Research to quantify the extent of independent housing need and homelessness and transience among people who experience mental illness, undertaken by the Ministry of Social Development, was commissioned as part of an interdepartmental work programme established by the Ad Hoc Committee on Mental Health in April 2000. Questions of affordability, adequacy and sustainability of housing form the core of the research. A key outcome from the research was the development of a typology focused on the idea of "sustainable housing" for consumers/tangata whai ora. The discussion of the framework provides a backdrop for the presentation of the research findings in which the extent and nature of housing are discussed, the role of support services in the retention of housing summarised, and information about specific groups affected by housing need is put forward. The evidence from the research suggests that there is a need for systematisation of support services for consumers/tangata whai ora and that developing a coordinated inter-agency strategic framework for resource allocation and service provision to this group is a necessary step towards ensuring the sustainability of independent housing.
This paper summarises research undertaken by the Research Unit of the Ministry of Social Development (MSD) between July 2000 and August 2001. The research responded to a Cabinet directive to quantify the independent housing need, and homelessness and transience of consumers/tangata whai ora. (2) Although the immediate function of the research was to inform Government and the initial audience for the findings was government officials, the outcomes from the research have relevance for a wider audience.
An extensive review of the literature (3) identified several key New Zealand documents:
* the Mental Health Commission (MHC) publications establishing the MHC Blueprint for Mental Health Services in New Zealand (1998) and related publications updating progress with service provision;
* the 1998 report, Housing and Housing Support for People with Mental Illness, by Paine;
* the MHC's 1999 discussion paper, Housing and Mental Health: Reducing Housing Difficulties for People with Mental Illness; and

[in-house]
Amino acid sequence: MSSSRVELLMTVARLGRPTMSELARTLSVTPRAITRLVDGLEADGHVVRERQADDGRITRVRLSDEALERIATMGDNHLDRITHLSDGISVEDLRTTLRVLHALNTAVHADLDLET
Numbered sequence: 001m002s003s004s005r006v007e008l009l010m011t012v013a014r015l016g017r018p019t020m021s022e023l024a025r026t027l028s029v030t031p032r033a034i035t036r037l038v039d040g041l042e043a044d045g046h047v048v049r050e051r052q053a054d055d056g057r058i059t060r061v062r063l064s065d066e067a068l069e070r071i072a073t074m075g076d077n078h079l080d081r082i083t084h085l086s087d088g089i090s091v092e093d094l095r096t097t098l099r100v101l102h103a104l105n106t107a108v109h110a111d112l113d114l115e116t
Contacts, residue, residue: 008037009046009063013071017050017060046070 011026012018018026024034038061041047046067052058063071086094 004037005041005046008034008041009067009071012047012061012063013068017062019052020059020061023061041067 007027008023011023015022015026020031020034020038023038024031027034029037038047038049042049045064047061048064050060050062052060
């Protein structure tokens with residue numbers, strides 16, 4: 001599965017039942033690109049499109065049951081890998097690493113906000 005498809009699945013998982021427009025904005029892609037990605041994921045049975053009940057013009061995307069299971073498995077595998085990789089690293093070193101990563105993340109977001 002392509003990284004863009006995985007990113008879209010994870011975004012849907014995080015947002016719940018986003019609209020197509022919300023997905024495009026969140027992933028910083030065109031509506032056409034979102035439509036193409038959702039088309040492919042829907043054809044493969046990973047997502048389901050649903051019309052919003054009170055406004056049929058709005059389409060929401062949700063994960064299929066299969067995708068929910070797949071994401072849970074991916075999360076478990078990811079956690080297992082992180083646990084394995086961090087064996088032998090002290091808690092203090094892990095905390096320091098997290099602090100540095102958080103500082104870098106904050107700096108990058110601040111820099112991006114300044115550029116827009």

* Bennion's (2000) report, Planning Processes for Providing Supported Accommodation for People with Mental Illness.
The New Zealand research into the experience of mental illness and the effectiveness of services available to consumers/tangata whai ora has taken place in the context of findings that the experience of mental illness and housing difficulties are linked. The widespread acceptance of the link between the two is exemplified by the Mental Health Commission in its 1999 Discussion Paper.
Recovery [from mental illness] requires specific housing arrangements that combine support, a quality physical environment and suitable local environment. These arrangements may include:
* coordination of support, clinical services and housing;
* assistance to make "wise housing choices";
* help from time to time in managing the day to day responsibilities of housekeeping, budgeting and maintaining a house;
* being handy to shops, community facilities, support services and clinical services;
* availability of social support networks (friends and relatives and community);
* meeting needs for living alone or with others;
* empowerment to choose living arrangements; and
* physical comfort, safety and privacy. (Nelson et al. 1998)
The recovery requirements described above were used in conjunction with the Kearns et al. (1991, 1992, 1993) housing stressors, to shape the MSD national survey of 800 mental health service providers paid by the District Health Boards (DHBs). This paper focuses on the findings from this national survey of providers and the group …